Jesus, who loved both Martha and Mary, called Sister Eleanore home to her eternal reward. “I have called you by your name,” — (and why not) “My Ellie, my Martha, my Mary.”

She was one of the “lovely girls” (the postulant class of 1933), and lovely she stayed – to live with, grow with, work with and to remember. In her golden years, her own memories were more likely the funny ones from childhood. These stayed with her when the other memories faded. One was fortunate then to hear her bring them back. The listener shared her playful delight, and began to appreciate the interplay of joy and sorrow, the achievements and disappointments, the bright colors and the quieter ones that her Master Weaver was blending into a finished work. All these threads were equally important.

Sister Eleanore was born into her family December 16, 1915 the third of four children, to John and Clara Foley VanDyke, a happy mix of Irish and Dutch heritage, in Muskegon, Michigan. On Christmas Day she was reborn into the family of God at St. Joseph Church and christened Eleanore Gertrude. Happily on her way, she attended St. Joseph Grade and High School, where she daily met our Sisters in whose family she would later find fulfillment. With particular fondness she remembered Sister Honorata Evan, OP and Sister Lorraine Gibson, OP. Of still greater influence in her choice of vocation was the example and counseling of her pastor, Father William Hasenberg. Deeper than all of these was a stable bedrock of wholesome Catholic home life.

Graduation found her ready to take the initial step. On September 8, 1933, Eleanore joined a group of prospective Dominicans. Mother Eveline Mackey casually described them in a community letter as “lovely girls,” an appellation the girls discovered and gleefully appropriated. When they received the habit on August 21, 1934, Eleanore retained her baptismal name with the title “of the Immaculate Conception.” Two years later, she professed her First Vows, and on August 24, 1936, made her Final Profession.

From the beginning, her Hummel-like gift of relating to children was recognized and marked her professional training and service. Her early pairing with classmate, Sister Dolores Wendling, lasted throughout life, though their paths diverged along the way. Sister Dolores’ reminiscences add particular weight to the quality and uniqueness of her friend’s personality. “She was not the kind of scholar,” she recalled, “in the sense of academic pursuit toward personal achievement– theory was good or better as it translated into useful classroom techniques.” And, so she traveled on within her world of classrooms from St. Andrew’s, Grand Rapids to Our Lady of Fatima, Albuquerque, New Mexico, a veritable literary Johnny Appleseed planting the excitement of learning. In the footsteps of Sister Ceslaus Pentenreider at St. Boniface, Bay City, the critical eye of Father Wyss elicited, “You are a gut successor to Schwester Cheslaus.” That she relished. Sister Dolores remembers her special giftedness in composing stories and activities for children. Her childlike manner had instant appeal for her small charges. They kept on loving her as they learned – at St. Stephen’s, Grand Rapids, Marywood Academy and throughout her final roundup of a dozen years in New Mexico. During six of those years she was Superior and Administrator of Nativity of the Blessed Virgin Mary at Alameda. At Our Lady of Fatima she inaugurated the non-graded primary. But, it was that personal touch that endeared her to children, and prompted a letter from Chris Bradley after twenty-five years: “I am writing to thank you for your tremendous patience and encouragement, when I was in your first-grade Class. You gave me (and all your students) a great beginning. I remember writing stories on the blackboard with accompanying drawings. You would always tell me how good they were and encourage me to do more. I couldn’t wait to do more. You set my creativity in motion, and it’s still in motion today. I’m an actor now. Thank you.”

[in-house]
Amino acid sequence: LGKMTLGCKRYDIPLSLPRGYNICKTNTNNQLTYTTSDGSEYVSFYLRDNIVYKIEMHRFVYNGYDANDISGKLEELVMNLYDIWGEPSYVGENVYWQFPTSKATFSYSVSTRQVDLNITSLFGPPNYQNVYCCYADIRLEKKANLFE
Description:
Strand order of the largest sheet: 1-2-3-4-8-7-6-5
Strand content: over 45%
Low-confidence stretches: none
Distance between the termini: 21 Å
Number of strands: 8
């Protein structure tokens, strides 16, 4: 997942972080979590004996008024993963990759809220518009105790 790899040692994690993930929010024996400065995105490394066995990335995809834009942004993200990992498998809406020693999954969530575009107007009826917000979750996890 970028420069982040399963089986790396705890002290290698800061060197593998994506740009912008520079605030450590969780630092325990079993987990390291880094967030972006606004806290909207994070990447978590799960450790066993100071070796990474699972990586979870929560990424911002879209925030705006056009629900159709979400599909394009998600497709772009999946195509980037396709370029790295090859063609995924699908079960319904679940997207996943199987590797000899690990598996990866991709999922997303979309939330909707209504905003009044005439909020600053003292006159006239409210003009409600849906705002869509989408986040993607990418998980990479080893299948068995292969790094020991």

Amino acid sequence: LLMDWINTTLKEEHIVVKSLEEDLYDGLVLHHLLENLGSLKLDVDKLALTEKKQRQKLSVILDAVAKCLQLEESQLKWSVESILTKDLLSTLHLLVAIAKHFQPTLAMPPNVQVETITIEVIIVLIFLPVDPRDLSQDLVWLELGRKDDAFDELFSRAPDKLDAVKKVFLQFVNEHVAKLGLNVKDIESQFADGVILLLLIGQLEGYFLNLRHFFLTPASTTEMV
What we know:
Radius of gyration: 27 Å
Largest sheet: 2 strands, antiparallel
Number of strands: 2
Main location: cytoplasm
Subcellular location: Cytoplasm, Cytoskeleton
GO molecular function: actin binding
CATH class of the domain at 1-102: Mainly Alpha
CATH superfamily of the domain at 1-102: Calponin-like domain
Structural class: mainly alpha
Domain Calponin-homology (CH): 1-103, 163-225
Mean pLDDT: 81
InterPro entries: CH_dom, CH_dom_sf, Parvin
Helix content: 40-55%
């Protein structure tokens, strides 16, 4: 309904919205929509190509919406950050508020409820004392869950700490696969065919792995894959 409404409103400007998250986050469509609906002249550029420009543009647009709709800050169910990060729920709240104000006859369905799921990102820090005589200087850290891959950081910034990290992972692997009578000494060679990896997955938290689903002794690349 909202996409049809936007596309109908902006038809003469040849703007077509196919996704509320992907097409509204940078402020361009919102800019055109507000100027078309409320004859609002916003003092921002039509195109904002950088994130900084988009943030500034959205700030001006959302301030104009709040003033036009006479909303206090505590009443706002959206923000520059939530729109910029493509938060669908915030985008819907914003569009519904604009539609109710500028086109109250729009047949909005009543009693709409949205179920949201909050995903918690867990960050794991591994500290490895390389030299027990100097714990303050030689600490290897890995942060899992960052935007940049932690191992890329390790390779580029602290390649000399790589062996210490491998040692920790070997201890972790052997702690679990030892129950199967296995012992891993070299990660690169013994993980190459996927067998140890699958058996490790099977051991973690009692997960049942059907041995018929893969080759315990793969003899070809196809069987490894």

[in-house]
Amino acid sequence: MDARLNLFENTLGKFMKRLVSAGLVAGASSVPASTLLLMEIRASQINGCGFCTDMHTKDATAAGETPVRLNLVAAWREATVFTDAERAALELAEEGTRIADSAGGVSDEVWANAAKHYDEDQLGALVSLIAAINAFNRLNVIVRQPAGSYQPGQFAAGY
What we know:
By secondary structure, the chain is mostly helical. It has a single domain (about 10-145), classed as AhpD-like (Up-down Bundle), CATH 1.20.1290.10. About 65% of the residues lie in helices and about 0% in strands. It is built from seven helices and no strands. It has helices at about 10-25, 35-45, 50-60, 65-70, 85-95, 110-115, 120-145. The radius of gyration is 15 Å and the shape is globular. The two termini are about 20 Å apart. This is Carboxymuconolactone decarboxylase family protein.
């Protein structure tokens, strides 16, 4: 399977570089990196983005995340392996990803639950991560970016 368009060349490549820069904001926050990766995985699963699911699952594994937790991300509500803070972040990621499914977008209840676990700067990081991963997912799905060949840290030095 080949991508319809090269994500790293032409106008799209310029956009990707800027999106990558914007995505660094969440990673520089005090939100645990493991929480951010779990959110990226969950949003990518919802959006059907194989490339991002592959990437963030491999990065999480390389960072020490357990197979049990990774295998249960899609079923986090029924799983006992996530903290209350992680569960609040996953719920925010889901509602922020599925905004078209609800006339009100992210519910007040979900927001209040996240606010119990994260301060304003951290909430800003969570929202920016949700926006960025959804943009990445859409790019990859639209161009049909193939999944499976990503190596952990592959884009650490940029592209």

There were sadnesses along with joys in Sister’s family life. An older little brother, Vincent, whom she never knew, was the tragic victim of a scalding accident in their home. Eleanore’s coming then had been a healing for both parents and an older sister. They bonded closely. When later in life, they lost their younger brother, Maynard, to death from brain cancer and surgery, a more mature Sister Eleanore still grieved deeply. Left alone with the death of their parents, she and her sister, Marcella, grew closer. It was at Marcella’s home that Sister Eleanore spent her vacations.

When a hearing problem signaled the end of her teaching, Sister looked homeward for new direction, and found it in seventeen years as Executive Housekeeper and Sacristan at Aquinata Hall. From early morning until the close of evening prayer, she circulated with her crew, attacking the incursions of dust and flying ants with a merciless vengeance. “Dutch Cleanser” personified! Of particular joy to her was the care of the chapel and the chaplain’s quarters. Well known was her devotion to the well-being of her friend, Father Thomas Kaufman, OP. It was mutual! His retirement preceded hers, but their friendship grew in faithful correspondence. “My Ellie — my Martha — my Mary,” he wrote of her.

In 1992, Sister Eleanore sensed it was time again to refocus her direction. She chose to be more completely “Mary” and retired to Aquinata Hall. In her own earlier words, “…so, I have shared my life and service with both the very young of God’s family and the senior members, and I have learned much from both.”

Sister Eleanore is survived by her sister-in-law Rose VanDyke and her nephew Greg VanDyke of San Juan Capistrano, California, many friends and a loving community.